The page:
Small compound release from injectable nanofibrous microscaffolds

Not scheduled
ICE Krakow

ICE Krakow

ul. Marii Konopnickiej 17 30-302 Kraków


Rybak, Daniel (Institute of Fundamental Technological Research PAS )


Recent regenerative medicine is highly focused on therapies that can effectively treat intravertebral disc (IVD) degeneration. Because of its high efficiency, tissue engineering is a promising alternative therapy for cartilage defects and IVD is one of its main targets. Here we report on the fabrication of injectable electrospun microscaffolds (MS) containing a small chondrogenic agent: TD-198946.
Drug-loaded nano-/microfibers were prepared using the electrospinning technique. The therapeutic agent was incorporated directly, by solubilizing into a polymer solution to be spun. Then, fibers were structured with a picosecond laser to form thousands of 100 um in size microscaffolds. Morphology of MS was analyzed by Scanning Electron Microscopy (SEM) in order to characterize the impact of laser processing on the polymer fibers and cell morphology in contact with MS.
The main problem with drug delivery from polymeric vehicles is the initial burst release which is often unavoidable and can be controlled by many parameters e.g. temperature or pH. We performed drug release studies from both unstructured fibers mat and MS in different pH 6.4 and 7.4, which is characteristic for degenerated and normal/healthy tissue. Studies were carried out for 120 and 60 days and around 80% and 100% of the drug was released from fibers mat and MS, respectively. The differences in the release rate were also observed between various pH.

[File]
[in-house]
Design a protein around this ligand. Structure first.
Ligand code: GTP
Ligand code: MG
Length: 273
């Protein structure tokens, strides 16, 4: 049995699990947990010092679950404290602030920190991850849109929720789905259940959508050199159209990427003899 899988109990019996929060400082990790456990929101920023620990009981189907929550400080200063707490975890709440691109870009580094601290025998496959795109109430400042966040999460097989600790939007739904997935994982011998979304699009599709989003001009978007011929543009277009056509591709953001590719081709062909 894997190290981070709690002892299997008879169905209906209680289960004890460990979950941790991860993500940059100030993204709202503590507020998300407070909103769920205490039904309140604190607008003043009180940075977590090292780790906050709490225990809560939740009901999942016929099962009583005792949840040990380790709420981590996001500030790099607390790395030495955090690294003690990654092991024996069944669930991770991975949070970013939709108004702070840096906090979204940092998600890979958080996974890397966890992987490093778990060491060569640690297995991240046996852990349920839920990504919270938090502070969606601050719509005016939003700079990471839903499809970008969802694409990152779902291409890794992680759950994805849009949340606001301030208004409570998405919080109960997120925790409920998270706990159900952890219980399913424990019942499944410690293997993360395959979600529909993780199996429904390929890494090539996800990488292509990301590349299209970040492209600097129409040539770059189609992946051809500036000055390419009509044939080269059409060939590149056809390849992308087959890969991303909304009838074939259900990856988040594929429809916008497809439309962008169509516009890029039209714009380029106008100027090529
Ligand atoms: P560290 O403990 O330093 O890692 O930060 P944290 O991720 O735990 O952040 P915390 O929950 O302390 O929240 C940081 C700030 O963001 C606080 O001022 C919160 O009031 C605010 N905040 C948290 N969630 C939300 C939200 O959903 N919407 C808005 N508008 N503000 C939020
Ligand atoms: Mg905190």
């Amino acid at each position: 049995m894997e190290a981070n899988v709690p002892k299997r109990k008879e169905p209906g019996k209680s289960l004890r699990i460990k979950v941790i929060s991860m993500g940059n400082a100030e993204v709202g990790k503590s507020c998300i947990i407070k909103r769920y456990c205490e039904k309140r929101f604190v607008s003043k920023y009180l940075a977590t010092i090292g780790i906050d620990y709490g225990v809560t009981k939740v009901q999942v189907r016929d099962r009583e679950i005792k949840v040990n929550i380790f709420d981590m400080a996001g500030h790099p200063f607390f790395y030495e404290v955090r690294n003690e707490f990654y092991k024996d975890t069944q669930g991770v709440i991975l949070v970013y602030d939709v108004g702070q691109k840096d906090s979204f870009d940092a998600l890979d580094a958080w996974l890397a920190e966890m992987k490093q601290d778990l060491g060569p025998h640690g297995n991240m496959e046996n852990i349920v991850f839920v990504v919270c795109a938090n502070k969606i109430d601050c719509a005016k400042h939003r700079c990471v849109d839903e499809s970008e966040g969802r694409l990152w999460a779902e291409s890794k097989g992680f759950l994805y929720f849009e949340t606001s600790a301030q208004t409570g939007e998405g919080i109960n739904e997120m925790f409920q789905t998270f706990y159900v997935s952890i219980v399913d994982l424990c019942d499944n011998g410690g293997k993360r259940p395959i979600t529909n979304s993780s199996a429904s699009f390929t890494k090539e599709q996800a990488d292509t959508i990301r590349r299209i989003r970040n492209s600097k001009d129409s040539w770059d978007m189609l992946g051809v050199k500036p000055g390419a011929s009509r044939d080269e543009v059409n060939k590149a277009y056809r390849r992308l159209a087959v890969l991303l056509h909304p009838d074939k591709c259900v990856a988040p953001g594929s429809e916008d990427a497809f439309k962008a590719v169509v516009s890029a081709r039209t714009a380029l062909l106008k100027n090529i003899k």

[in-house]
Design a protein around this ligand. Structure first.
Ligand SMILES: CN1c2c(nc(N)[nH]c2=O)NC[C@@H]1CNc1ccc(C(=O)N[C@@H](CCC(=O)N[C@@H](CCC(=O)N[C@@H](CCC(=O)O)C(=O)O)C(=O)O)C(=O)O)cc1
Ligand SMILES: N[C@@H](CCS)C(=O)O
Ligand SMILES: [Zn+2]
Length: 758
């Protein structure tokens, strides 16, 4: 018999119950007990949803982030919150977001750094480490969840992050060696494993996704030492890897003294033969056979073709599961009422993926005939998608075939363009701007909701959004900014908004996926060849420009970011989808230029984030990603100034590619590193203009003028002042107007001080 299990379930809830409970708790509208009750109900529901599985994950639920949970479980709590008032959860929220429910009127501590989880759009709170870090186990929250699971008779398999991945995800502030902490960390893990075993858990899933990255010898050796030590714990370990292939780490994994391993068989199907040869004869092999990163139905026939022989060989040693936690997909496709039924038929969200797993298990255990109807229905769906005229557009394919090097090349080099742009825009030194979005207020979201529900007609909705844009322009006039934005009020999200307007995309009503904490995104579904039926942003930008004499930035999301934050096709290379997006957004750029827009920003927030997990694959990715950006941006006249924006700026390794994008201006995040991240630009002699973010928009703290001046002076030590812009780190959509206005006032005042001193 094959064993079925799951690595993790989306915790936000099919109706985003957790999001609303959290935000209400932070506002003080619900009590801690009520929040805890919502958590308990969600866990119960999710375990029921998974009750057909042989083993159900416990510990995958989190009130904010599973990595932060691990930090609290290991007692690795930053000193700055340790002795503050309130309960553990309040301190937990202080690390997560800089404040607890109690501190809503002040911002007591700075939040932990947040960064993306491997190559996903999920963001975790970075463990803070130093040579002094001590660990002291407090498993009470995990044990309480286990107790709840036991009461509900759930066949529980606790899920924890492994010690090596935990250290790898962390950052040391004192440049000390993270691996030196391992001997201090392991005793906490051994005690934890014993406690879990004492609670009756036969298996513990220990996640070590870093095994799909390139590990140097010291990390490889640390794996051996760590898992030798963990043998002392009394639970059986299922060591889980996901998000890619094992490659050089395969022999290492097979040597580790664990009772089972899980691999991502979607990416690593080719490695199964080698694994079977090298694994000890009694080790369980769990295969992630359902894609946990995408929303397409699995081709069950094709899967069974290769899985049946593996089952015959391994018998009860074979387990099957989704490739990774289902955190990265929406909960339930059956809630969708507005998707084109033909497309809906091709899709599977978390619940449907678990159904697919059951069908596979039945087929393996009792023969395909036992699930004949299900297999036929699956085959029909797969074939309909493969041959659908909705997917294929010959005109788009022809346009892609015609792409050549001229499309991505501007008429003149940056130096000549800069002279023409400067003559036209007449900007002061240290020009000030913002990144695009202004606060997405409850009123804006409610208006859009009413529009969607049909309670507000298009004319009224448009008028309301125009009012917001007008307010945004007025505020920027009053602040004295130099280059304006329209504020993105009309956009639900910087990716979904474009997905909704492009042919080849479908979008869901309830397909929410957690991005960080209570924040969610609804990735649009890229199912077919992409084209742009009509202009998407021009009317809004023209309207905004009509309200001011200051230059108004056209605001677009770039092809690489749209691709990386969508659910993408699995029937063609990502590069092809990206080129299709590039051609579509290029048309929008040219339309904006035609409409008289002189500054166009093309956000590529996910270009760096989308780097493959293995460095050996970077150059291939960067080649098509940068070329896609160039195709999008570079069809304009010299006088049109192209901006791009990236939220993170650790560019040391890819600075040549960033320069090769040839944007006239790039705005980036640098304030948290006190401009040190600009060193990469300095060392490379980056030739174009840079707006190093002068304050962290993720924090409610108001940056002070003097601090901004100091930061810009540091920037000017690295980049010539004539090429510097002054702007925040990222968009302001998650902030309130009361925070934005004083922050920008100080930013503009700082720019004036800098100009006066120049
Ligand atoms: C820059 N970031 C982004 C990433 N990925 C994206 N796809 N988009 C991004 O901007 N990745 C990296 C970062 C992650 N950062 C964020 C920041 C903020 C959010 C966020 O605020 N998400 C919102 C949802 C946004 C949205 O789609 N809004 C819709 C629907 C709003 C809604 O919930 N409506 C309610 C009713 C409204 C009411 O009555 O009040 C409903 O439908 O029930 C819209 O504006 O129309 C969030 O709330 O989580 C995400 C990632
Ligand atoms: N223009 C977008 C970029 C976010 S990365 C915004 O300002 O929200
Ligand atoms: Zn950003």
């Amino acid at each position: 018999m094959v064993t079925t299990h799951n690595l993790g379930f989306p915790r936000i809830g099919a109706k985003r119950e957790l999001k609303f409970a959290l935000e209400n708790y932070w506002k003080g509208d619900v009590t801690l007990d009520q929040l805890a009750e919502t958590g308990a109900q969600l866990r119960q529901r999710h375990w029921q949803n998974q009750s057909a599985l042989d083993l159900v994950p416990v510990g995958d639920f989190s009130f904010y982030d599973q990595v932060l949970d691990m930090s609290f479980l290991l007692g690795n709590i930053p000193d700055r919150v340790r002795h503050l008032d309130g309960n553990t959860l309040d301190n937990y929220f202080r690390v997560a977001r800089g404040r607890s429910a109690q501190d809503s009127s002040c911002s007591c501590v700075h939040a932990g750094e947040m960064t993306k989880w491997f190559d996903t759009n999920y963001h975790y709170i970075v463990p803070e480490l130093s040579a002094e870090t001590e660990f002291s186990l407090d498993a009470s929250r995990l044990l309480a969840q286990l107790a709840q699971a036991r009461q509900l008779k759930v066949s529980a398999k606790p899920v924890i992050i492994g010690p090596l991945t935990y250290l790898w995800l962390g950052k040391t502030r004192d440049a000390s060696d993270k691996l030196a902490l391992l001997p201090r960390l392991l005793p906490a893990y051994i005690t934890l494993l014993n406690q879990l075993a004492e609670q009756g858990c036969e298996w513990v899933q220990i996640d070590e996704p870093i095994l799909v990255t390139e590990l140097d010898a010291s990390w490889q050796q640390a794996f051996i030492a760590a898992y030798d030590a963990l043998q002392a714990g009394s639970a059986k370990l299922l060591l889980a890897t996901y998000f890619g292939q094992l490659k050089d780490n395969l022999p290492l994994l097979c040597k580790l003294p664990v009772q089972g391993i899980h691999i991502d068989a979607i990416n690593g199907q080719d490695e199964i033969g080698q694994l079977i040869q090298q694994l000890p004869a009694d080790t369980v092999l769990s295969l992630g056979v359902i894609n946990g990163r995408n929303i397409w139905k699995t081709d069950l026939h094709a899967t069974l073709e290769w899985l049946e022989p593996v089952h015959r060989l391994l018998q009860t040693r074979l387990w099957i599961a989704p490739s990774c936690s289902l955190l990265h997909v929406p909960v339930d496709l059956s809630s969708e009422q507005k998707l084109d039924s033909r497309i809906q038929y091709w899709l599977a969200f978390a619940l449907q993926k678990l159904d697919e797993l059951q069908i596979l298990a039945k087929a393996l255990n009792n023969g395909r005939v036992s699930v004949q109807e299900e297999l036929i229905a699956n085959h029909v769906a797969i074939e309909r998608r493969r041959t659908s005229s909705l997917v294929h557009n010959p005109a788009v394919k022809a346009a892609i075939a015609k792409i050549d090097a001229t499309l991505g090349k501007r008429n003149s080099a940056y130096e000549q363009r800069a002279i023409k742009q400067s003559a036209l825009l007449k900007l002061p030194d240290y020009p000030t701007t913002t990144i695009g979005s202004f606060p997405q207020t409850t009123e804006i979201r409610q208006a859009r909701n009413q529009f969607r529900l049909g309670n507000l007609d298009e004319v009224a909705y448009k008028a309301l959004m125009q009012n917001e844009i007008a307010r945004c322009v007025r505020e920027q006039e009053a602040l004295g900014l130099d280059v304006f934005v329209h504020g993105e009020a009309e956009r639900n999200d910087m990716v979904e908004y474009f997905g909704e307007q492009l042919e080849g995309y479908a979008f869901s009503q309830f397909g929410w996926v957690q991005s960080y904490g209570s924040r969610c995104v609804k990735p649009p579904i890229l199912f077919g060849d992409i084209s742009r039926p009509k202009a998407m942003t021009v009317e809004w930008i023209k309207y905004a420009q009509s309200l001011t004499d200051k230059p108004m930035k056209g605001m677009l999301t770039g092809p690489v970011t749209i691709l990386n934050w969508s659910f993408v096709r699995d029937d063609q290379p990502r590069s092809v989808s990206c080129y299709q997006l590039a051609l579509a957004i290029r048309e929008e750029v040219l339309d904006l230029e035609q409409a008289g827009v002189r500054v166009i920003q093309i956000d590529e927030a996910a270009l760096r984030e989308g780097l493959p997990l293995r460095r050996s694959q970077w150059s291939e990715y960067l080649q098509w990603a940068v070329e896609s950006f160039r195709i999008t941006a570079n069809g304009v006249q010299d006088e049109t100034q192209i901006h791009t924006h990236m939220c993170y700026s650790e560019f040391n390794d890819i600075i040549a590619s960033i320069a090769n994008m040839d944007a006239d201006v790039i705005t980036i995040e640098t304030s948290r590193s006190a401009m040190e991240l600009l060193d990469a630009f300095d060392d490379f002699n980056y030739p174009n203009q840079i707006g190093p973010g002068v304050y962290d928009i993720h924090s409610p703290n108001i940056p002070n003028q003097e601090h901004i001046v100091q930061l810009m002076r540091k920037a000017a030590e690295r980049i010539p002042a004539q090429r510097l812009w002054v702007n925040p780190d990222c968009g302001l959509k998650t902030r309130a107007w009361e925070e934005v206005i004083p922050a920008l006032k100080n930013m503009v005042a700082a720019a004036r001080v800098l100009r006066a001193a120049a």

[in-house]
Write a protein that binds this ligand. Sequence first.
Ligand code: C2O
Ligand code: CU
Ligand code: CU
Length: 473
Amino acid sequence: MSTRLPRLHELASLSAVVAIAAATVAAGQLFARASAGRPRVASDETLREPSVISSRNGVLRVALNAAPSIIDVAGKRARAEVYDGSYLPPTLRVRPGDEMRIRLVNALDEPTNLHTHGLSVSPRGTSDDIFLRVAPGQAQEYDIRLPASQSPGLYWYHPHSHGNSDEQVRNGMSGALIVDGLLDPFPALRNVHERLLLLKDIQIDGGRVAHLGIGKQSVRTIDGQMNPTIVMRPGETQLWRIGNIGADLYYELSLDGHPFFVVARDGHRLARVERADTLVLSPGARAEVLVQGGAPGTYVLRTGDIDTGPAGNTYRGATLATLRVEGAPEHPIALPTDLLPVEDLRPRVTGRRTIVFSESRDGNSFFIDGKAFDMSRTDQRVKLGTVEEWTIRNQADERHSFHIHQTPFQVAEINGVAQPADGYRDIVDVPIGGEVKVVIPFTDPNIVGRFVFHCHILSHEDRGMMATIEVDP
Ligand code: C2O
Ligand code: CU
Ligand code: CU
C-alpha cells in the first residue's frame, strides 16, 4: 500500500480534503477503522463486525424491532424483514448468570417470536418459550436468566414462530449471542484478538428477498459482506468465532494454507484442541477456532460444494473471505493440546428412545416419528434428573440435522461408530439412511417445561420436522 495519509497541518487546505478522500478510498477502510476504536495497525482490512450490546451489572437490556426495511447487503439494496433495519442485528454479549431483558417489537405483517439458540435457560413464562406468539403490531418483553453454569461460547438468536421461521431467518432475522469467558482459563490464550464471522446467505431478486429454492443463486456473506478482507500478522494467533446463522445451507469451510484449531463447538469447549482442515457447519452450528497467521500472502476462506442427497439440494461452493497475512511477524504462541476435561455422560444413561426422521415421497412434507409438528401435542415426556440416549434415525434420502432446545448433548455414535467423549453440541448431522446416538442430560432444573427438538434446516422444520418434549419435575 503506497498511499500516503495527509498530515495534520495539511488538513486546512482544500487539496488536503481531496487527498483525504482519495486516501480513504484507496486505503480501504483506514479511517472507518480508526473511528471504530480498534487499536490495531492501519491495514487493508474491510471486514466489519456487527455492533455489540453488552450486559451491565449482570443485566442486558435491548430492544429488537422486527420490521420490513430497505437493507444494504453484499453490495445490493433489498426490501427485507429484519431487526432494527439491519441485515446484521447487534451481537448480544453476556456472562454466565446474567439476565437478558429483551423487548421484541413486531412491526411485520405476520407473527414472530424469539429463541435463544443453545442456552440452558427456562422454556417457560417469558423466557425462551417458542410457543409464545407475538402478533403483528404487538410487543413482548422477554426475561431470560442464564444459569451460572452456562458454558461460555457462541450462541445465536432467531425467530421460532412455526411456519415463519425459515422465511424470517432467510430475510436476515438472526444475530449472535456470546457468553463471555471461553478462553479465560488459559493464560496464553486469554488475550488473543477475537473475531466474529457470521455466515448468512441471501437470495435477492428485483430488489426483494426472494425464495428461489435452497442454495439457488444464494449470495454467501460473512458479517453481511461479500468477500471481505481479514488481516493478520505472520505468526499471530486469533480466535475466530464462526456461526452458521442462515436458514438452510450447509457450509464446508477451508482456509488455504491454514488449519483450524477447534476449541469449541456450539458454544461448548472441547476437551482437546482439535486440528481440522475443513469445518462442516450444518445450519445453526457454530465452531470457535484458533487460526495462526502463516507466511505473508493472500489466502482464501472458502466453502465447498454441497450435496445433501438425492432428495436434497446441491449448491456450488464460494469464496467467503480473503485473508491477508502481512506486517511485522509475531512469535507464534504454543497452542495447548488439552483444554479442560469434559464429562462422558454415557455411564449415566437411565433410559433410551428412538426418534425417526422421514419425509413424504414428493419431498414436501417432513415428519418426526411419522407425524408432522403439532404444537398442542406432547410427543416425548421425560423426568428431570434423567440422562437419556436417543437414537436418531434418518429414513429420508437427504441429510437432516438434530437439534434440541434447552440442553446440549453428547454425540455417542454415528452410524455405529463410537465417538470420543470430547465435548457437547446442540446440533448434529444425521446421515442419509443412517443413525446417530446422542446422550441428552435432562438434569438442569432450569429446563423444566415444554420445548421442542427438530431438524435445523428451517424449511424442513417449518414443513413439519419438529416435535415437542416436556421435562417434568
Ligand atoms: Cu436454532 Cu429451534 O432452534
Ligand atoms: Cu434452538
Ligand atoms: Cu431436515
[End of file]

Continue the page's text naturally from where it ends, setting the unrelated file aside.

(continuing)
We developed a novel and straightforward method to fabricate microscaffolds from almost any type of electrospun material. PLGA-based MS containing drug molecule TD-198946 showed a controlled and gradual release profile which was slightly faster compared with unstructured material. The developed vehicle is supposed to be applied in IVD degeneration, where drug-loaded MS enhances the synthesis of glycosaminoglycans. A single administration of the material to the tissue will result in several weeks of substance release, which may have a beneficial effect on the regenerative processes of the IVD.
Acknowledgments: This work was supported by the National Centre for Research and Development grant no. LIDER/14/0053/L-9/17/NCBR/2018 and National Science Centre no. 2015/19/D/ST8/03192.
References: Nakielski et al., Laser-Assisted Fabrication of Injectable Nanofibrous Cell Carriers, Small, 2021


Presentation materials

There are no materials yet.